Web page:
of a kind of art in denial; a dehumanized expression of future; and an
        ordinary individual hungry for any edge at survival. In a certain
        sense this apocalyptic view has blotted out any realization that it is
        always an apocalyptic age for our species, evolved as we are toward a
        chance meandering through a fabric of simultaneous expression and
        repression. It is an apocalypse to be a human, but to look for one or
        the other is to find neither, much as Eliot rather than Bellow
        assessed Conrad, they must be expected together just as they are
        expressed and repressed. If we have failed to find meaning and fail to
        make an attempt to assure a future as a species; it is only because we
        have not yet recognized ourselves as an apocalypse. It throws off the
        timing.

        In any case I owe a debt to Iowa for taking the teeth out of the
        storm. It snowed and blustered about eight inches, all around Lake
        Geneva, but by Sunday mid-morning it was rain and thawing and now at
        midnight the flag across the street is hanging limp. Weather gets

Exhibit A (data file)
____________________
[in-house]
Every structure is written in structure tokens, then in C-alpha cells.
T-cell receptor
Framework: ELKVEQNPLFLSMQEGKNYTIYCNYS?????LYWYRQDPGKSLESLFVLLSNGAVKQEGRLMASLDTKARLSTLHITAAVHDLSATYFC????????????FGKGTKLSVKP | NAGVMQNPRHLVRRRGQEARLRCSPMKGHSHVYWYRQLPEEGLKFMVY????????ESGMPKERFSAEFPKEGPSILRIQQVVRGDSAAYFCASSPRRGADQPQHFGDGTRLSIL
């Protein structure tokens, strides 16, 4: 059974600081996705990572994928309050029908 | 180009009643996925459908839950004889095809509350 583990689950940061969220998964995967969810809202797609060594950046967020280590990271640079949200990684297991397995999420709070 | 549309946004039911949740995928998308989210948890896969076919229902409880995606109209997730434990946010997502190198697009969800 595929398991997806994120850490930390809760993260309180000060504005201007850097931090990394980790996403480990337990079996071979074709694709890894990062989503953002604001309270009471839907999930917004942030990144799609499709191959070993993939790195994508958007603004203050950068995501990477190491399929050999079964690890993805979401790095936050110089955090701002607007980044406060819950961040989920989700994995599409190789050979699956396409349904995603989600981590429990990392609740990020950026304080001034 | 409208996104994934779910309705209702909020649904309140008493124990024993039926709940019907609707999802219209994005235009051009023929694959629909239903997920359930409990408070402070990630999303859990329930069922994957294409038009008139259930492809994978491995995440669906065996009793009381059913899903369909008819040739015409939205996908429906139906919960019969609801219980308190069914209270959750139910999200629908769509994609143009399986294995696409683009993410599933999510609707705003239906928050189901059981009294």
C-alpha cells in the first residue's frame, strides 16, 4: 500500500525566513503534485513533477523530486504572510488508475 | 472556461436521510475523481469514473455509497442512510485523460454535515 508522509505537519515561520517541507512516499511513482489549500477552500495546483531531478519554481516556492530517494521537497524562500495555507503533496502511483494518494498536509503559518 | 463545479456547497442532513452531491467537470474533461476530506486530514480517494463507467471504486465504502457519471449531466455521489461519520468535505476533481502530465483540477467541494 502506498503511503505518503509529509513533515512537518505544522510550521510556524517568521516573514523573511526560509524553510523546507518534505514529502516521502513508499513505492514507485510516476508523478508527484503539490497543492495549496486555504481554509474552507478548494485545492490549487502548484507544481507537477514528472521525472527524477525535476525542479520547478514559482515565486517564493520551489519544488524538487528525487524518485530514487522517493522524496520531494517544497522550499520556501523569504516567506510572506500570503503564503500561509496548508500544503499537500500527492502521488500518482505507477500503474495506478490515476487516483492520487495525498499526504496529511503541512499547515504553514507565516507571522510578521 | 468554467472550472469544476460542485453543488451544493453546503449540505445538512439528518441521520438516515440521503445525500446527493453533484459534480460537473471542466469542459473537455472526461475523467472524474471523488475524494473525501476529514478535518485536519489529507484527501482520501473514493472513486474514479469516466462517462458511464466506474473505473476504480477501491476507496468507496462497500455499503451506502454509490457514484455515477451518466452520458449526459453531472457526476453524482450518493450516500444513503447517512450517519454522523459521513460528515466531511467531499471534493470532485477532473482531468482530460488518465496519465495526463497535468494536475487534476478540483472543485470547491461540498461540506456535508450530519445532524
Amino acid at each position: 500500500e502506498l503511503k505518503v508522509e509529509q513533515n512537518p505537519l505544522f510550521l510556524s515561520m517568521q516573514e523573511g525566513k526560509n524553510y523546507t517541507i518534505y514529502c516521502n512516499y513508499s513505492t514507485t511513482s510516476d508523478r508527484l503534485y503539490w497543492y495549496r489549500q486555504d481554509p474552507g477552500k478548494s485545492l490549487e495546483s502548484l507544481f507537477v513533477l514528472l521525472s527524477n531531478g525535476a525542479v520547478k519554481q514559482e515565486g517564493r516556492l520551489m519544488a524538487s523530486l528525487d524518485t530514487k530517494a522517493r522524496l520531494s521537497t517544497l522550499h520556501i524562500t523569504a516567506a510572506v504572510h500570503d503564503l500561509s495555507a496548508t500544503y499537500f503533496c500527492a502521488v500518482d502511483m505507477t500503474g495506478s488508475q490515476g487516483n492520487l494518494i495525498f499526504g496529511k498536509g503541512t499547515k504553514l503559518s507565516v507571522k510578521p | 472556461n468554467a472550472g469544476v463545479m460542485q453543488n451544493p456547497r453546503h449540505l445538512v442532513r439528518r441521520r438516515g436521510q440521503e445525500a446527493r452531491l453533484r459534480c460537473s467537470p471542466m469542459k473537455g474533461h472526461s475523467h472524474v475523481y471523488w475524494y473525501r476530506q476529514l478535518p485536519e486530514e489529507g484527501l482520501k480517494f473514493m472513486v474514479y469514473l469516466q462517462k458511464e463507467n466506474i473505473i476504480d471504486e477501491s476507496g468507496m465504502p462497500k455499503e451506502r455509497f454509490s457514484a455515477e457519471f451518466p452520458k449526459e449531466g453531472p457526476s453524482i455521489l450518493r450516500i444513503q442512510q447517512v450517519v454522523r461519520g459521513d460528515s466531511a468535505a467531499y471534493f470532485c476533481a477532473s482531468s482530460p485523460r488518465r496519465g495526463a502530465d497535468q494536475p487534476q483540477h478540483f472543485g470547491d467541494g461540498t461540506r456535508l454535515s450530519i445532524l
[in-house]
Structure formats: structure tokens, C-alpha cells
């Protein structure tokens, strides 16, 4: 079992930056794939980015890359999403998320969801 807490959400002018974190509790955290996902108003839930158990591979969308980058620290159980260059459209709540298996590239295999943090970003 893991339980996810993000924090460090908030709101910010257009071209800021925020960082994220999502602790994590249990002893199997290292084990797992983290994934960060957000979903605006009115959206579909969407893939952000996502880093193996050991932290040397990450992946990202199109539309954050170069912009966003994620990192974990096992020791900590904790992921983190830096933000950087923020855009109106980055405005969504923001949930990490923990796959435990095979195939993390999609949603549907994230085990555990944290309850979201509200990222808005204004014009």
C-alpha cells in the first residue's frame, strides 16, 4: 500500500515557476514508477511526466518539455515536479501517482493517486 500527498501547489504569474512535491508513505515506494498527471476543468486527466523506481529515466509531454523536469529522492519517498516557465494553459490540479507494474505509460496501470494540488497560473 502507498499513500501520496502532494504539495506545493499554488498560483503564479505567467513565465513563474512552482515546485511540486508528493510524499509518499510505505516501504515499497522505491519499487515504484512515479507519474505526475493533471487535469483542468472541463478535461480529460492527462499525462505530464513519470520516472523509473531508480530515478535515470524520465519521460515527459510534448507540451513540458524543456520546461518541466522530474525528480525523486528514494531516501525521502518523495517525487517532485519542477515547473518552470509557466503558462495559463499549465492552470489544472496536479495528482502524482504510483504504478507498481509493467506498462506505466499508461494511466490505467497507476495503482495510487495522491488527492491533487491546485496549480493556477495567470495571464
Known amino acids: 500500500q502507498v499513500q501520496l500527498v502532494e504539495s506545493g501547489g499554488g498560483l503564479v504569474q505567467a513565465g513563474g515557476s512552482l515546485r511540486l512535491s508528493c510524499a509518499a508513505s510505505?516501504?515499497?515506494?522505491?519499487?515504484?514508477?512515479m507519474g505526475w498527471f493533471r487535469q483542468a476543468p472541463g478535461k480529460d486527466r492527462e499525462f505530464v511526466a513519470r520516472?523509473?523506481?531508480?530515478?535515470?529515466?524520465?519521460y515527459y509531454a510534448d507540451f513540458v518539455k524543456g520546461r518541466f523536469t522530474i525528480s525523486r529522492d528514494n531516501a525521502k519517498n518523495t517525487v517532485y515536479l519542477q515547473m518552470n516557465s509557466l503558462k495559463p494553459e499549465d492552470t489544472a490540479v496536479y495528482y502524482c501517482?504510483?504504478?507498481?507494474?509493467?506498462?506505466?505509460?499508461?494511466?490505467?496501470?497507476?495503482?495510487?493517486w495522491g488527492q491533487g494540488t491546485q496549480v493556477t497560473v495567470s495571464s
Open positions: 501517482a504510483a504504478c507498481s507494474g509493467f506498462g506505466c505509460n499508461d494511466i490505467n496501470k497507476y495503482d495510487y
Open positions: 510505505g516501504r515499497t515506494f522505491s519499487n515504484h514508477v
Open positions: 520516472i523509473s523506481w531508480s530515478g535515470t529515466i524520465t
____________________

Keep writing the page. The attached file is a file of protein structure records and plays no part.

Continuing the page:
worse, then better, then worse, then betterÂ…

        Most people around here just want to go to work tomorrow. If something
        goes terribly wrong they'll wait for another day. Eventually we all
        run out of those, but no one wants to get worked up about it. Too much
        to do to survive with any comfort.

        There you have it.

        Trinidad



        --- In existlist@yahoogroups.com, "bhvwd" <v.valleywestdental@...> wrote:
        >
        > Eight hours of freezing rain yesterday followed by eight inches of wet
        > snow. Then the power went out. We had a good lantern with a big supply
        > of batteries. At sundown the east lit up with a weird yellow light and
        > it stayed light until the lights went out at ten o'clock. Big black
        > out with no lights or phone or heat. It seemed apocalyptic. I worried
        > we had suffered a thermonuclear burst. then the weird light dimmed and
        > the power came back on at past midnight. Many of the trees are broken
        > and it takes an SUV to get around. It just started snowing again.
        > Priscilla got us videos of several of the Oscar nominated movies. We
        > plan to enjoy the Oscars if the power stays on. This has been a long
        > siege of real bad winter. It is snowing sideways now and Priscilla has
        > stopped raving and is enjoying Jack Nicholson beat the hell out of
        > some mobsters. I think I will have some tea and pet the cat. People are
        > in a sort of Zombie mode. All this is headed for Chicago. The wrestlers
        > are stuck here from the state tournament. They usually tear up hotels,
        > this could be a record year for the little vandals. And the cops are
        > in an especially rare mood. It is a stretched existance in the middle
        > of nowhere. Just white all the way to the pole. Bill
        >